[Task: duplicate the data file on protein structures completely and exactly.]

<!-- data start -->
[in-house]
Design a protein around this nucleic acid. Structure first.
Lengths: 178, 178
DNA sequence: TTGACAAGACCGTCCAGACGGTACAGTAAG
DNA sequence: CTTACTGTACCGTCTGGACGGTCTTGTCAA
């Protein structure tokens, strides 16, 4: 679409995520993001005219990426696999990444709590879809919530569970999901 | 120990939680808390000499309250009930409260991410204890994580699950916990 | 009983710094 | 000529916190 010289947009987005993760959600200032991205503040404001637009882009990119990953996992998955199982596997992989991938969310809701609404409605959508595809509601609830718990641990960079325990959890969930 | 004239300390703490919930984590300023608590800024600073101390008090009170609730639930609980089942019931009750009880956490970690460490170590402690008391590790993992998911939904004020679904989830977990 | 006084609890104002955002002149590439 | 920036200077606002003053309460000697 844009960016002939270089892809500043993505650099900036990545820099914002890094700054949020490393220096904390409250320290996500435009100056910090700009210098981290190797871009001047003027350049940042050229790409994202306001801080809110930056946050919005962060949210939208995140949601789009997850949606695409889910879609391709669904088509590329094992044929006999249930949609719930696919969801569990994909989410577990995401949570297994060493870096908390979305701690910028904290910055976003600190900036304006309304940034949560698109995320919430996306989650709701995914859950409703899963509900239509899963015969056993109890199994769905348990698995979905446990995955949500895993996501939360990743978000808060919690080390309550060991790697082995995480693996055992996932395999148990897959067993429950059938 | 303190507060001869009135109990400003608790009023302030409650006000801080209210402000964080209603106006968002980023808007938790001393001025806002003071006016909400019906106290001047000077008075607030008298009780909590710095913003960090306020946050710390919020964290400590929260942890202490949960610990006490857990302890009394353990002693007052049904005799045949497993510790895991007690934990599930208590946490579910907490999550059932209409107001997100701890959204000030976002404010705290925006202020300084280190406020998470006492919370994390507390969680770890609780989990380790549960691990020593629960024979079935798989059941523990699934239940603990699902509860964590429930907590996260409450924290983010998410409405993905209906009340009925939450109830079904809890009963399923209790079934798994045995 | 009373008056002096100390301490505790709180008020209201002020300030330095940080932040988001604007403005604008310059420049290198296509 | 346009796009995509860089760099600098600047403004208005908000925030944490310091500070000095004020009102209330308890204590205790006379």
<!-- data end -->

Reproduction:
[in-house]
Design a protein around this nucleic acid. Structure first.
Lengths: 178, 178
DNA sequence: TTGACAAGACCGTCCAGACGGTACAGTAAG
DNA sequence: CTTACTGTACCGTCTGGACGGTCTTGTCAA
């Protein structure tokens, strides 16, 4: 679409995520993001005219990426696999990444709590879809919530569970999901 | 120990939680808390000499309250009930409260991410204890994580699950916990 | 009983710094 | 000529916190 010289947009987005993760959600200032991205503040404001637009882009990119990953996992998955199982596997992989991938969310809701609404409605959508595809509601609830718990641990960079325990959890969930 | 004239300390703490919930984590300023608590800024600073101390008090009170609730639930609980089942019931009750009880956490970690460490170590402690008391590790993992998911939904004020679904989830977990 | 006084609890104002955002002149590439 | 920036200077606002003053309460000697 844009960016002939270089892809500043993505650099900036990545820099914002890094700054949020490393220096904390409250320290996500435009100056910090700009210098981290190797871009001047003027350049940042050229790409994202306001801080809110930056946050919005962060949210939208995140949601789009997850949606695409889910879609391709669904088509590329094992044929006999249930949609719930696919969801569990994909989410577990995401949570297994060493870096908390979305701690910028904290910055976003600190900036304006309304940034949560698109995320919430996306989650709701995914859950409703899963509900239509899963015969056993109890199994769905348990698995979905446990995955949500895993996501939360990743978000808060919690080390309550060991790697082995995480693996055992996932395999148990897959067993429950059938 | 303190507060001869009135109990400003608790009023302030409650006000801080209210402000964080209603106006968002980023808007938790001393001025806002003071006016909400019906106290001047000077008075607030008298009780909590710095913003960090306020946050710390919020964290400590929260942890202490949960610990006490857990302890009394353990002693007052049904005799045949497993510790895991007690934990599930208590946490579910907490999550059932209409107001997100701890959204000030976002404010705290925006202020300084280190406020998470006492919370994390507390969680770890609780989990380790549960691990020593629960024979079935798989059941523990699934239940603990699902509860964590429930907590996260409450924290983010998410409405993905209906009340009925939450109830079904809890009963399923209790079934798994045995 | 009373008056002096100390301490505790709180008020209201002020300030330095940080932040988001604007403005604008310059420049290198296509 | 346009796009995509860089760099600098600047403004208005908000925030944490310091500070000095004020009102209330308890204590205790006379």